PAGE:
Title

The effective case management of childhood diarrhoea with oral rehydration therapy in the kingdom of Lesotho

Document Type

Journal Article

Publication Date

12-1-1990

Journal

International Journal of Epidemiology

Volume

19

Issue

4

DOI

10.1093/ije/19.4.1066

Abstract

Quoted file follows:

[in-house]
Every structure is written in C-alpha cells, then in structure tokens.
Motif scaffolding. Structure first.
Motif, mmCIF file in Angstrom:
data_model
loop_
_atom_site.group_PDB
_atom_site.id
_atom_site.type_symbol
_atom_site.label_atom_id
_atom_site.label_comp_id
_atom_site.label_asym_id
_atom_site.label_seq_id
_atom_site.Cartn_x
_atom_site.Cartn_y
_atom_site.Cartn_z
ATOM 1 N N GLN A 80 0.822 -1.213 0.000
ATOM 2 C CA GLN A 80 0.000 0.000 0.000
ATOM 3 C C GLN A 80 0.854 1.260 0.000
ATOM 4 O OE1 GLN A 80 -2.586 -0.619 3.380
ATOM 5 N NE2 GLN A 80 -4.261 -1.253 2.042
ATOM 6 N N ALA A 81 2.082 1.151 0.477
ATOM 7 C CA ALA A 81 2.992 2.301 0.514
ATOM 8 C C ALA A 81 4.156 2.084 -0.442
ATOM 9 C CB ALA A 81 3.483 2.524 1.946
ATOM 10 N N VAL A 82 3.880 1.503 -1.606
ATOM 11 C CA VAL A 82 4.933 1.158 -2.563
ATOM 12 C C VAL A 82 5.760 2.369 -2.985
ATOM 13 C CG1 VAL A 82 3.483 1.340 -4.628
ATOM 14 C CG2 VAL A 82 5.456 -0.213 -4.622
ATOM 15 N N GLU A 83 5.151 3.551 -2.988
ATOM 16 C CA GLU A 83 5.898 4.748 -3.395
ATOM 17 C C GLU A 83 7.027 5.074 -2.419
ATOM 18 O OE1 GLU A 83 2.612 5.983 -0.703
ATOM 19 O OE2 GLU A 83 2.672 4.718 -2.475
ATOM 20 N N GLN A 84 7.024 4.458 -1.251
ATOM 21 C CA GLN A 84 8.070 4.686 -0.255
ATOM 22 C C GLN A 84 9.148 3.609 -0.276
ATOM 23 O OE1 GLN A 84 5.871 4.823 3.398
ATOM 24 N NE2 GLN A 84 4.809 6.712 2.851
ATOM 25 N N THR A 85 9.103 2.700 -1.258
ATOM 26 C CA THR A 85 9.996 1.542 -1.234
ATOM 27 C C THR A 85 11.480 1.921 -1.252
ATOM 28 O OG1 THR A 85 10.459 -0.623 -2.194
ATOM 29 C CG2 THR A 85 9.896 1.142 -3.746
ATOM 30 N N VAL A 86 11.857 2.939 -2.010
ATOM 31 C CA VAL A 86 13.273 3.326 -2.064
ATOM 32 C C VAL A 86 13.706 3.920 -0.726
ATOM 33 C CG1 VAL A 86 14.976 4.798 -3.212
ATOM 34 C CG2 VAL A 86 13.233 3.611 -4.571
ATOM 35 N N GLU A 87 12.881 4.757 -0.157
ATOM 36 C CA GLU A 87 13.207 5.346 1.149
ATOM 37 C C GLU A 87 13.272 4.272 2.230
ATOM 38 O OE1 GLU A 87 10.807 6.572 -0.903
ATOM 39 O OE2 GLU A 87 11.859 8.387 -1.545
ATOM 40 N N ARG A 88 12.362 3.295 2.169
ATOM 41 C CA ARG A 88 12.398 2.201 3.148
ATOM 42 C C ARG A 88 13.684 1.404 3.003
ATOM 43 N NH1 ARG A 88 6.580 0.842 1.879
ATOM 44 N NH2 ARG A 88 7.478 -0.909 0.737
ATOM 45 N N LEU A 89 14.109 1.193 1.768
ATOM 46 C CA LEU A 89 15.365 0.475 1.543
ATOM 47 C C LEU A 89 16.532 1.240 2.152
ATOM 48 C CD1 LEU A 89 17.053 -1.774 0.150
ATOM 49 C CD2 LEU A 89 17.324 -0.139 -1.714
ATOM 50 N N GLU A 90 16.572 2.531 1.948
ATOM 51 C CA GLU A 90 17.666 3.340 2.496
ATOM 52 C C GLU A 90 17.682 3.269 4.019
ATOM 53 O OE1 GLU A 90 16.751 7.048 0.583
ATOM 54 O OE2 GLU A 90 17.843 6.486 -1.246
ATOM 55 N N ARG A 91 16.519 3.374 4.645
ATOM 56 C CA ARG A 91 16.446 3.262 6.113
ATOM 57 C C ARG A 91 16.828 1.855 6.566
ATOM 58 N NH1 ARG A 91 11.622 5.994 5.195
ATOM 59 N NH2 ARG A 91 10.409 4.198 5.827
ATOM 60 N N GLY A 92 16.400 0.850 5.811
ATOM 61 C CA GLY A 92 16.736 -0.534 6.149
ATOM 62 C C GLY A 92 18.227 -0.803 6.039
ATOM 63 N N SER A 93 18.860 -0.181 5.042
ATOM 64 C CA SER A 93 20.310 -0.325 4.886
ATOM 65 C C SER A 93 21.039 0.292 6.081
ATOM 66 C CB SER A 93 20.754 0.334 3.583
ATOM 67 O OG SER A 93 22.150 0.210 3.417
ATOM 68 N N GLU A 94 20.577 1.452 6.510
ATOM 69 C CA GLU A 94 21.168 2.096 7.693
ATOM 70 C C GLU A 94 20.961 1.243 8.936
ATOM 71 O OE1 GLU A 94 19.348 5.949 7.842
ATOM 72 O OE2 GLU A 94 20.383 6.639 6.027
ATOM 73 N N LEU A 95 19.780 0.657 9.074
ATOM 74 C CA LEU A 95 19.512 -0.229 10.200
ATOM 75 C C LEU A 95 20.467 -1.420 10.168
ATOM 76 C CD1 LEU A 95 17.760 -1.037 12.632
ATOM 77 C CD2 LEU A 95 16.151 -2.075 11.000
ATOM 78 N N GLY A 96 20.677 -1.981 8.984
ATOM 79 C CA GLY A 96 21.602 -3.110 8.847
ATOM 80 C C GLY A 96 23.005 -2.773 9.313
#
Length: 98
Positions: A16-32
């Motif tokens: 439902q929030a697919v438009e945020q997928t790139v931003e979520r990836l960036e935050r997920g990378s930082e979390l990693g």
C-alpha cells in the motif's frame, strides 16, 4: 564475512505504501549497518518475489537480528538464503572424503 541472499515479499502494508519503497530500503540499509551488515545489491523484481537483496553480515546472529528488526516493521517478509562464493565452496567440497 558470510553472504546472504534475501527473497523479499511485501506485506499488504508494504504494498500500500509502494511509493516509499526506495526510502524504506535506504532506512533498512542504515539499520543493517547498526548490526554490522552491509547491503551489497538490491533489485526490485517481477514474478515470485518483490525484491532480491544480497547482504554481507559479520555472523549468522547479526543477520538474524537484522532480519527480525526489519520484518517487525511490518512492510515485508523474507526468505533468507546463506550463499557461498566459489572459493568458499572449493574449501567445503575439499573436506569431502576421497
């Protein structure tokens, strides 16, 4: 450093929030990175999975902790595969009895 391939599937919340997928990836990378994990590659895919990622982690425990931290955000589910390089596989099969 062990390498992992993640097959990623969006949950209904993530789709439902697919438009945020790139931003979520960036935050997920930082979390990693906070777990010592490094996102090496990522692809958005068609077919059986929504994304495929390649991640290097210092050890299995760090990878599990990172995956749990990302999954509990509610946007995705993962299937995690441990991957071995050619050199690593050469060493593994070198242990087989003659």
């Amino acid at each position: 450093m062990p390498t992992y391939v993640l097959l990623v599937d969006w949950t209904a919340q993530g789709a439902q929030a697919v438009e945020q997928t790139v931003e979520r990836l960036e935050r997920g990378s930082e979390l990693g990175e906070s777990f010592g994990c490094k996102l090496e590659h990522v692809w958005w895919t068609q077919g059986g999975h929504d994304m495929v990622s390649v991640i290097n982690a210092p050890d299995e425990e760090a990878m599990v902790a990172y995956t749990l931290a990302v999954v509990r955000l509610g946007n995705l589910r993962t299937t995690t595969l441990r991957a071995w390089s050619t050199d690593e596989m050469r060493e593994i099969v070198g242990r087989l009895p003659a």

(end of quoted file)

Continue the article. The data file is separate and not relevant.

In Lesotho prior to 1986, diarrhoea was the leading cause of hospital mortality in children < 5 years of age. At the Queen Elizabeth II Hospital, diarrhoee-related admissions as a proportion of all admissions in children < 5 years of age declined from 23% in the year prior to the opening of the Oral Rehydration Theraphy Unit (ORTU) to 13% in the first nine months of 1987 (p<0.05). In addition, the case-fatality ratio of children treated in the ORTU declined from 1.4% in the first quarter of 1986 to zero in the second and third quarters of 1987 (p<0.05). In a case-control study conducted to identify reasons for children failing ORTU treatment, factors associated with an increased risk of hospitalization included male gender (odds ratio [OR] = 4.9; 95% Confidence limits [CL] = 2.0, 11.9), fever ≫38.5°C (OR = 2.0; CL = 1.2, 3.3), undernutrition (OR = 3.2; CL = 1.1, 9,4), and moderate dehydration (OR= 2.3; CL = 1.2, 4.4) or severe dehydration (OR= 12.1; CL=3.8, 38.5). Breastfed children < 2 years of age were at decreased risk of hospitalization (OR = 0.4; CL = 0.2, 0.7). At this major hospital in Lesotho, the standardization of outpatient treatment for diarrhoea with oral rehydration salts (ORS) in the context of an ORTU resulted in a marked decrease in diarrhoea-associated hospitalization and deaths in children < 5 years of age. © 1990 International Epidemiological Association.

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